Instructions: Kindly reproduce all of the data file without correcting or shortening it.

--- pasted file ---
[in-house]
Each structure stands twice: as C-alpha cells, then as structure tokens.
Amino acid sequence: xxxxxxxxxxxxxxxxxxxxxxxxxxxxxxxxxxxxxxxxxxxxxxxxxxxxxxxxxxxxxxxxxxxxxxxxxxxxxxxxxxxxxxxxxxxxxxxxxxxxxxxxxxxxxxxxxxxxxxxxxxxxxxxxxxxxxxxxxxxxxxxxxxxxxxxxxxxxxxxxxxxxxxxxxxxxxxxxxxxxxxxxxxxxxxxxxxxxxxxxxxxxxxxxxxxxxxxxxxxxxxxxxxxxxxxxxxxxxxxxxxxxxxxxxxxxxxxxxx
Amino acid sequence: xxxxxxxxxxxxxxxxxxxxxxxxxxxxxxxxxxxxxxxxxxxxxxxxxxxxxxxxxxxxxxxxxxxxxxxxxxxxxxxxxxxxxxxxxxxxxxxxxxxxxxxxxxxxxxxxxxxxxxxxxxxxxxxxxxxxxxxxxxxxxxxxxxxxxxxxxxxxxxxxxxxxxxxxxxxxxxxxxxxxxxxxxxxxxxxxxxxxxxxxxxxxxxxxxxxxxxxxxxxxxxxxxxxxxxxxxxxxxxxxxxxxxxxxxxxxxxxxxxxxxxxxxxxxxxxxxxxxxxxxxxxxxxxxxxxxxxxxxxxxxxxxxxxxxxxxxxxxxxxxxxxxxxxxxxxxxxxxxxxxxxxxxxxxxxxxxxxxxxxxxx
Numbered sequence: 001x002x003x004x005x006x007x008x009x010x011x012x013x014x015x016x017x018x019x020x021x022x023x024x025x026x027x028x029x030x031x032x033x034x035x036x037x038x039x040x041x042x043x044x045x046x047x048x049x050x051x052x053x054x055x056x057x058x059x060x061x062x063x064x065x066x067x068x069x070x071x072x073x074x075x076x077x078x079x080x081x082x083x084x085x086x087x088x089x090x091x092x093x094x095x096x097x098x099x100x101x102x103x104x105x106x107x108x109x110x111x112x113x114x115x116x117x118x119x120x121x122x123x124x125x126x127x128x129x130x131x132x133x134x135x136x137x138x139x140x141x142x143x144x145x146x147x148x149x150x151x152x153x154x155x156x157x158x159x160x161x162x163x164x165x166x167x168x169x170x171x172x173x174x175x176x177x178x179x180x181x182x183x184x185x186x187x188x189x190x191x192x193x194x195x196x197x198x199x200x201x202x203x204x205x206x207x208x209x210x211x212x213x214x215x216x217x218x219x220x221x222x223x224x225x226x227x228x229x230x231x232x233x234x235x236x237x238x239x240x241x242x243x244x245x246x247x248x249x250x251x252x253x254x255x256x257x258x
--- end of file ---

[in-house]
Each structure stands twice: as C-alpha cells, then as structure tokens.
Amino acid sequence: xxxxxxxxxxxxxxxxxxxxxxxxxxxxxxxxxxxxxxxxxxxxxxxxxxxxxxxxxxxxxxxxxxxxxxxxxxxxxxxxxxxxxxxxxxxxxxxxxxxxxxxxxxxxxxxxxxxxxxxxxxxxxxxxxxxxxxxxxxxxxxxxxxxxxxxxxxxxxxxxxxxxxxxxxxxxxxxxxxxxxxxxxxxxxxxxxxxxxxxxxxxxxxxxxxxxxxxxxxxxxxxxxxxxxxxxxxxxxxxxxxxxxxxxxxxxxxxxxx
Amino acid sequence: xxxxxxxxxxxxxxxxxxxxxxxxxxxxxxxxxxxxxxxxxxxxxxxxxxxxxxxxxxxxxxxxxxxxxxxxxxxxxxxxxxxxxxxxxxxxxxxxxxxxxxxxxxxxxxxxxxxxxxxxxxxxxxxxxxxxxxxxxxxxxxxxxxxxxxxxxxxxxxxxxxxxxxxxxxxxxxxxxxxxxxxxxxxxxxxxxxxxxxxxxxxxxxxxxxxxxxxxxxxxxxxxxxxxxxxxxxxxxxxxxxxxxxxxxxxxxxxxxxxxxxxxxxxxxxxxxxxxxxxxxxxxxxxxxxxxxxxxxxxxxxxxxxxxxxxxxxxxxxxxxxxxxxxxxxxxxxxxxxxxxxxxxxxxxxxxxxxxxxxxxx
Numbered sequence: 001x002x003x004x005x006x007x008x009x010x011x012x013x014x015x016x017x018x019x020x021x022x023x024x025x026x027x028x029x030x031x032x033x034x035x036x037x038x039x040x041x042x043x044x045x046x047x048x049x050x051x052x053x054x055x056x057x058x059x060x061x062x063x064x065x066x067x068x069x070x071x072x073x074x075x076x077x078x079x080x081x082x083x084x085x086x087x088x089x090x091x092x093x094x095x096x097x098x099x100x101x102x103x104x105x106x107x108x109x110x111x112x113x114x115x116x117x118x119x120x121x122x123x124x125x126x127x128x129x130x131x132x133x134x135x136x137x138x139x140x141x142x143x144x145x146x147x148x149x150x151x152x153x154x155x156x157x158x159x160x161x162x163x164x165x166x167x168x169x170x171x172x173x174x175x176x177x178x179x180x181x182x183x184x185x186x187x188x189x190x191x192x193x194x195x196x197x198x199x200x201x202x203x204x205x206x207x208x209x210x211x212x213x214x215x216x217x218x219x220x221x222x223x224x225x226x227x228x229x230x231x232x233x234x235x236x237x238x239x240x241x242x243x244x245x246x247x248x249x250x251x252x253x254x255x256x257x258x